Articles Posted in Traffic Laws & Information

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California Motor Vehicle Code 21950 give pedestrians the right of way when they are crossing in crosswalks. All cars and trucks must yield to a pedestrian crossing the street at approved crosswalks, whether they are marked or unmarked walkways.
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California Motor Vehicle Code 21805 requires drivers to be cautious and yield the right of way to riders in designated horse crossings.

Section 21805 of the California Motor Vehicle Code states that anyone driving a car, truck, or bicycle on the streets must yield to horses and riders in designated bridle crossings. However, 21805 also notes that the horseback rider must use due care not to proceed into the path cars. Just because you are in a designated crossing, does not eliminate your duty to look both ways before crossing the street.
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When you are driving on the roadways of California, Motor Vehicle Code 21753 requires you to yield when passing cars approach you.

If you are driving slower than the rest of traffic, you should drive as far to the right side of the road as possible to allow the cars behind you clearance to see oncoming vehicles in the other lane. When you are driving slower than the rest of traffic, even if you are going the legal speed limit, you must allow cars that are trying to pass you a safe way to go around.
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California Motor Vehicle Code 21800 gives several specific instances when you should yield to other cars at intersections.

You must yield to cars that are approaching highway on ramps, and to cars on your immediate right at four way stops. You must also yield to cars when approaching an intersection where the traffic lights are not functioning. If you fail to yield, and you cause an accident, you could face liability if anyone is injured.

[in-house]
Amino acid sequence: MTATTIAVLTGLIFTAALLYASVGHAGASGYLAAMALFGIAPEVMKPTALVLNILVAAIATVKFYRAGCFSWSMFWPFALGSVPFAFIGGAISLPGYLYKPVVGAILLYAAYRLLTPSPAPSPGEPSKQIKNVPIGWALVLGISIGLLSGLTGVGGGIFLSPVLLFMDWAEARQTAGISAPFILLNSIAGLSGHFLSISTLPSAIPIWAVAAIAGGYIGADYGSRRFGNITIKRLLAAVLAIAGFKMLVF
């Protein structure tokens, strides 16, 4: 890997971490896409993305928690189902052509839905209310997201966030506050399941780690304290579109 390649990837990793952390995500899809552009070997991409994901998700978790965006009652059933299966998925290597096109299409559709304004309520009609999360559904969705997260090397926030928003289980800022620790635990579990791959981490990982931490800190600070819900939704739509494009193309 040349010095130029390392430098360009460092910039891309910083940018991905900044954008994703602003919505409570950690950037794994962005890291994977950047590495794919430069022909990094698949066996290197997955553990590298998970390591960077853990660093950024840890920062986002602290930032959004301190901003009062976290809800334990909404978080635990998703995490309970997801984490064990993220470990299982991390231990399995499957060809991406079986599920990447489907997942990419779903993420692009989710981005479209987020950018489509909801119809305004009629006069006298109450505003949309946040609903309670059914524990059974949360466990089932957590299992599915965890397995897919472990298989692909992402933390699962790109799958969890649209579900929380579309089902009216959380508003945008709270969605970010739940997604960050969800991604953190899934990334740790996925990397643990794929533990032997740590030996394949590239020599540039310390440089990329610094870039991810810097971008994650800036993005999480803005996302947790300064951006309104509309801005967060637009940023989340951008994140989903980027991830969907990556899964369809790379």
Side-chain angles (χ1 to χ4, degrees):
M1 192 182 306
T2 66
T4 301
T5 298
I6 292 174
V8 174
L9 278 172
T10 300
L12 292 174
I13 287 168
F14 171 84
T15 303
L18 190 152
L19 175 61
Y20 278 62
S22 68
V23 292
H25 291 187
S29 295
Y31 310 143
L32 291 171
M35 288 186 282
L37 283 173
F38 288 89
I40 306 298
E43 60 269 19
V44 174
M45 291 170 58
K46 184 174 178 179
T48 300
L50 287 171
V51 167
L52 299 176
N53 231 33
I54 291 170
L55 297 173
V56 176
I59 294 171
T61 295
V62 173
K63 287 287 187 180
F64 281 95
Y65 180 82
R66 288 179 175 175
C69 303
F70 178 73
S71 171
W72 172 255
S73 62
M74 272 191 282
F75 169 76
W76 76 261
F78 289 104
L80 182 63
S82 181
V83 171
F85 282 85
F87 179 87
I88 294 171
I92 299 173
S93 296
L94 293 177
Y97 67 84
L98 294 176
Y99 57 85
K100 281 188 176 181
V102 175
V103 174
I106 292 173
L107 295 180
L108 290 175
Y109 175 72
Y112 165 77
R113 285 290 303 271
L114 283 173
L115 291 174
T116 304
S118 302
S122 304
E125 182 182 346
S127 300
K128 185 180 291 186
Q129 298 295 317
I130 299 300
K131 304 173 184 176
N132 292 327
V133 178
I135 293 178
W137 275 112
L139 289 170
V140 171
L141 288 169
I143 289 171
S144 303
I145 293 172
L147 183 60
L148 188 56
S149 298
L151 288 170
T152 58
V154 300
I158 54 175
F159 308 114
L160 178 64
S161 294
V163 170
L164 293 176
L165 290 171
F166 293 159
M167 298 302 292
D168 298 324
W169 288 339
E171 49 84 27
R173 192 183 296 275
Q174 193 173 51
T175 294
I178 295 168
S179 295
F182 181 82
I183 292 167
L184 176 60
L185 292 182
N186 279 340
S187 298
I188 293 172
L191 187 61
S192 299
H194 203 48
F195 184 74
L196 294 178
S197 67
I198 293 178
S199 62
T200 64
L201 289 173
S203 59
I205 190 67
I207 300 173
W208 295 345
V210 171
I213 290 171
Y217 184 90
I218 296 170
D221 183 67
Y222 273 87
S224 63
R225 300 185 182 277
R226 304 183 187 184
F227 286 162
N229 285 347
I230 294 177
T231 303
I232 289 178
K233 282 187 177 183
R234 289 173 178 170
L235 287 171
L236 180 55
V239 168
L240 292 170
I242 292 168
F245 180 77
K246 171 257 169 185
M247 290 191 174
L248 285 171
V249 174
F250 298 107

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California Motor Vehicle Code 21759 requires drivers to be cautious when approaching animals on California roadways.

This would mean that it is the car driver’s responsibility to ensure that they pay attention to where the horse and rider are. The horse is unable to see what may be coming up behind it making it very important for you, the driver, to drive cautiously. Horses also become spooked very easily. This means that it is very important to refrain from yelling or honking your horn when passing by a horseback rider.
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California Motor Vehicle Code 21756 requires drivers to stop behind a trolley when it is loading or unloading passengers and only pass when it is safe to do so. If you are able to pass then you are not allowed to drive faster than 10 mph until you are safely in front of the trolley.
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Huntington Beach intersections have been known to pile up with excited residents and tourist coming to see the cities many attractions. Huntington Beach or Surf City is a busy place filled with live music, surfing, and an exciting nightlife. Although the city appears to be filled will fun for everyone there are a number of dangers to tourist and residents alike. Huntington Beach is home to 25 of the busiest intersections in Orange County. It doesn’t matter if you’re walking, riding a bike, or traveling by car, these intersections could increase your likelihood of a personal injury accident in Huntington Beach.
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If you’ve ever seen the Sparrow — a futuristic looking three-wheeled enclosed bike — then you’ve seen the type of vehicle to which this law applies. California Motor Vehicle Code 21714 makes it a crime to drive a fully-enclosed three-wheeled motorcycle or mini-car in the car pool lanes. You also cannot split lanes in these vehicles by driving between two cars that may be driving in front of you.

Sparrows were built in California from 2000 until around 2002 and run on several batteries. The cars are electric hybrids and are designed to travel up to 70 miles per hour. Sometimes they have two wheels in the front; sometimes the two wheels are in the back.
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California Motor Vehicle Code 21712 requires all passengers to be inside the vehicle in intended seating. You cannot allow passengers to ride in anything while you are towing it.

If you have ever seen an accident involving a camper, you’ll know why it’s a bad idea to allow passengers to ride in it while it’s being towed. Most campers and travel trailers bust apart like Popsicle sticks when they roll over or are hit from behind. Anyone traveling inside them if this happens will likely suffer serious or life-threatening injuries.
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